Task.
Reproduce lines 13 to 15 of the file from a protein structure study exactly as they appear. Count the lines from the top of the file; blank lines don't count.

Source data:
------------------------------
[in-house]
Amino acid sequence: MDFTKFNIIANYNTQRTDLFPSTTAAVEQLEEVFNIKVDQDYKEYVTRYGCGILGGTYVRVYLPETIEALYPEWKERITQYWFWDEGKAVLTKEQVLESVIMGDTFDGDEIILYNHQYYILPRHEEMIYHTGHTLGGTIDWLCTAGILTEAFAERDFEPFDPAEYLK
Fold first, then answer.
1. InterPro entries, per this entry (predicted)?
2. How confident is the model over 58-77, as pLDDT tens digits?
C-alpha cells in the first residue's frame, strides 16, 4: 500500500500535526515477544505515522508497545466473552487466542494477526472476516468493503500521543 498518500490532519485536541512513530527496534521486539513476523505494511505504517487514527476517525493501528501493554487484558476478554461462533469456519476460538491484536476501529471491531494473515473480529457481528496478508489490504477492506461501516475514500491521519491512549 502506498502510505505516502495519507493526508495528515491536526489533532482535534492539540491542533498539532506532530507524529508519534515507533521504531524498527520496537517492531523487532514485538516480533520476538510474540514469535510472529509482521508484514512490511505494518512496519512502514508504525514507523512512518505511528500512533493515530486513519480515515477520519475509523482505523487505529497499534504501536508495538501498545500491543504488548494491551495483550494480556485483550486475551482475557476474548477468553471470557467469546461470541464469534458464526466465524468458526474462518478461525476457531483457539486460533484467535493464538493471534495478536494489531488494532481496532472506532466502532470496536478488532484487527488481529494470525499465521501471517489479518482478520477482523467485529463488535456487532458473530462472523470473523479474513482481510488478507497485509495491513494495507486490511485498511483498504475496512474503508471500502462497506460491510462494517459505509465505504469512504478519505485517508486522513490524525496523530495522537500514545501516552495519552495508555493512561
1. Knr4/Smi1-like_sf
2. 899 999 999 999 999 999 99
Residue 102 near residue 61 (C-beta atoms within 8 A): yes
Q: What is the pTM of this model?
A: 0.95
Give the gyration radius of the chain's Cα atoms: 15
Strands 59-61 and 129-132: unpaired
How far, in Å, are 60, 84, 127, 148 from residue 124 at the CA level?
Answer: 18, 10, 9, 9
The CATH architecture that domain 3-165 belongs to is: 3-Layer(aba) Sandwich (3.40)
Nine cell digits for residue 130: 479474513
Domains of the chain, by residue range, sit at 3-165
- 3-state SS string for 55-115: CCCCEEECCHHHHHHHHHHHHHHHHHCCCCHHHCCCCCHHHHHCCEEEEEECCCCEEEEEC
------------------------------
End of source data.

Strands 59-61 and 129-132: unpaired
How far, in Å, are 60, 84, 127, 148 from residue 124 at the CA level?
Answer: 18, 10, 9, 9